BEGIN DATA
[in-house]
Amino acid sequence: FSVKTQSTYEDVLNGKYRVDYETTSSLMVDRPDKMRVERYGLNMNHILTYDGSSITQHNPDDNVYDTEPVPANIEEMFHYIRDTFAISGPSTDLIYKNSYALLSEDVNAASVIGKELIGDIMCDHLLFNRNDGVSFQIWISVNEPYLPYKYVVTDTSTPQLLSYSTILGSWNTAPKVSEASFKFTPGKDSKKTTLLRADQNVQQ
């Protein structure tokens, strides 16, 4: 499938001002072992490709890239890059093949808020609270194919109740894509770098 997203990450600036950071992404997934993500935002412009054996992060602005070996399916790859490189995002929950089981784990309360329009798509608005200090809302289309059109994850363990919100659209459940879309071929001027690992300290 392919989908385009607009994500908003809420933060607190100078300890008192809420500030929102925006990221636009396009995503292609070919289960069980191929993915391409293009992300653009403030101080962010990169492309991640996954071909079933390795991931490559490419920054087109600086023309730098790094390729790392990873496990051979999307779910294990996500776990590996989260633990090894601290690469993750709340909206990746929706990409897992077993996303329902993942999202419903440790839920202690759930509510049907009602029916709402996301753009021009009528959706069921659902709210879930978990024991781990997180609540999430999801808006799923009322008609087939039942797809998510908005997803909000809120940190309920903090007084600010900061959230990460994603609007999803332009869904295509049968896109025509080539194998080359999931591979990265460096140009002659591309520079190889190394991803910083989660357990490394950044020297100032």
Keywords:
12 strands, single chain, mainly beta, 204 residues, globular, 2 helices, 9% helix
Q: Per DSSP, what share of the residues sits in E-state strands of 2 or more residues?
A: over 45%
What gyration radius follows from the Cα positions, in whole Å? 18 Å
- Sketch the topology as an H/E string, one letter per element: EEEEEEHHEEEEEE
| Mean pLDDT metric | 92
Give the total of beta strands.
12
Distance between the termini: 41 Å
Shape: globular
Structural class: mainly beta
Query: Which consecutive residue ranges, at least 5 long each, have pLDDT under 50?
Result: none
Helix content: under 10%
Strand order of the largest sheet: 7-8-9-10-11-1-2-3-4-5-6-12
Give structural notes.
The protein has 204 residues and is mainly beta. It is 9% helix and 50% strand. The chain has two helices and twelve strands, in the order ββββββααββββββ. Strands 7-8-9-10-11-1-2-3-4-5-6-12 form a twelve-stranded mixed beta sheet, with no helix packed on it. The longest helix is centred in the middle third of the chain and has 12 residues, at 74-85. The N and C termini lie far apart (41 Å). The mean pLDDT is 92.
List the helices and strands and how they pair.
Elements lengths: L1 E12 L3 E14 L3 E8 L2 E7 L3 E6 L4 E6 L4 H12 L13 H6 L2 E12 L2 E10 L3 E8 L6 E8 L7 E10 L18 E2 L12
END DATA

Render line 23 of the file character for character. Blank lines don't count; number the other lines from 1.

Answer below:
Elements lengths: L1 E12 L3 E14 L3 E8 L2 E7 L3 E6 L4 E6 L4 H12 L13 H6 L2 E12 L2 E10 L3 E8 L6 E8 L7 E10 L18 E2 L12